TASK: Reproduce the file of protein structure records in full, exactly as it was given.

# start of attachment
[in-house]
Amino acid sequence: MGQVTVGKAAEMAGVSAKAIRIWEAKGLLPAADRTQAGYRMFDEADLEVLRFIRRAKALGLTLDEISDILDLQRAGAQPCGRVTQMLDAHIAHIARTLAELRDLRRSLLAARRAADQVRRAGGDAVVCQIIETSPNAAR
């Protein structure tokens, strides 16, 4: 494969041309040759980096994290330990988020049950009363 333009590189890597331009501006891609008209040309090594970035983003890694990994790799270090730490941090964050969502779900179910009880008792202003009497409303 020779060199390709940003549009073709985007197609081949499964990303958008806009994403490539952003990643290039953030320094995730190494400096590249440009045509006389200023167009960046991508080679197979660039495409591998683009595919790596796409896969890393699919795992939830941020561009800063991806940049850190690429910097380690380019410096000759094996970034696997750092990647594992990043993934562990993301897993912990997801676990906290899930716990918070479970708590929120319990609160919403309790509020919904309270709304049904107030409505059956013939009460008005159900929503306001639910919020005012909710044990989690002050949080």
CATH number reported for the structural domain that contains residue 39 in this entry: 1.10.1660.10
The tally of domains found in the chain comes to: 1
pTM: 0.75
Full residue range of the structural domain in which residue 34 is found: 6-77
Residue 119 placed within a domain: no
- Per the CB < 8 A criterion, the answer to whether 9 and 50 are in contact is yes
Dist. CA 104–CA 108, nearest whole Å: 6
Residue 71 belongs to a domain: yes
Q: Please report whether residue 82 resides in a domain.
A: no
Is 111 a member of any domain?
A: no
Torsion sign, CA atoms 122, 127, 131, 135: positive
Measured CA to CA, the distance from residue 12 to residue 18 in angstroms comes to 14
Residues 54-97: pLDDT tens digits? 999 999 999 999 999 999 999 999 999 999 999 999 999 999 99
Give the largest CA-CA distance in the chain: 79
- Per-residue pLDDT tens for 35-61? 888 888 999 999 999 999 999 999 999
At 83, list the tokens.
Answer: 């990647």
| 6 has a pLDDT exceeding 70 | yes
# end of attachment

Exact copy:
[in-house]
Amino acid sequence: MGQVTVGKAAEMAGVSAKAIRIWEAKGLLPAADRTQAGYRMFDEADLEVLRFIRRAKALGLTLDEISDILDLQRAGAQPCGRVTQMLDAHIAHIARTLAELRDLRRSLLAARRAADQVRRAGGDAVVCQIIETSPNAAR
């Protein structure tokens, strides 16, 4: 494969041309040759980096994290330990988020049950009363 333009590189890597331009501006891609008209040309090594970035983003890694990994790799270090730490941090964050969502779900179910009880008792202003009497409303 020779060199390709940003549009073709985007197609081949499964990303958008806009994403490539952003990643290039953030320094995730190494400096590249440009045509006389200023167009960046991508080679197979660039495409591998683009595919790596796409896969890393699919795992939830941020561009800063991806940049850190690429910097380690380019410096000759094996970034696997750092990647594992990043993934562990993301897993912990997801676990906290899930716990918070479970708590929120319990609160919403309790509020919904309270709304049904107030409505059956013939009460008005159900929503306001639910919020005012909710044990989690002050949080």
CATH number reported for the structural domain that contains residue 39 in this entry: 1.10.1660.10
The tally of domains found in the chain comes to: 1
pTM: 0.75
Full residue range of the structural domain in which residue 34 is found: 6-77
Residue 119 placed within a domain: no
- Per the CB < 8 A criterion, the answer to whether 9 and 50 are in contact is yes
Dist. CA 104–CA 108, nearest whole Å: 6
Residue 71 belongs to a domain: yes
Q: Please report whether residue 82 resides in a domain.
A: no
Is 111 a member of any domain?
A: no
Torsion sign, CA atoms 122, 127, 131, 135: positive
Measured CA to CA, the distance from residue 12 to residue 18 in angstroms comes to 14
Residues 54-97: pLDDT tens digits? 999 999 999 999 999 999 999 999 999 999 999 999 999 999 99
Give the largest CA-CA distance in the chain: 79
- Per-residue pLDDT tens for 35-61? 888 888 999 999 999 999 999 999 999
At 83, list the tokens.
Answer: 């990647």
| 6 has a pLDDT exceeding 70 | yes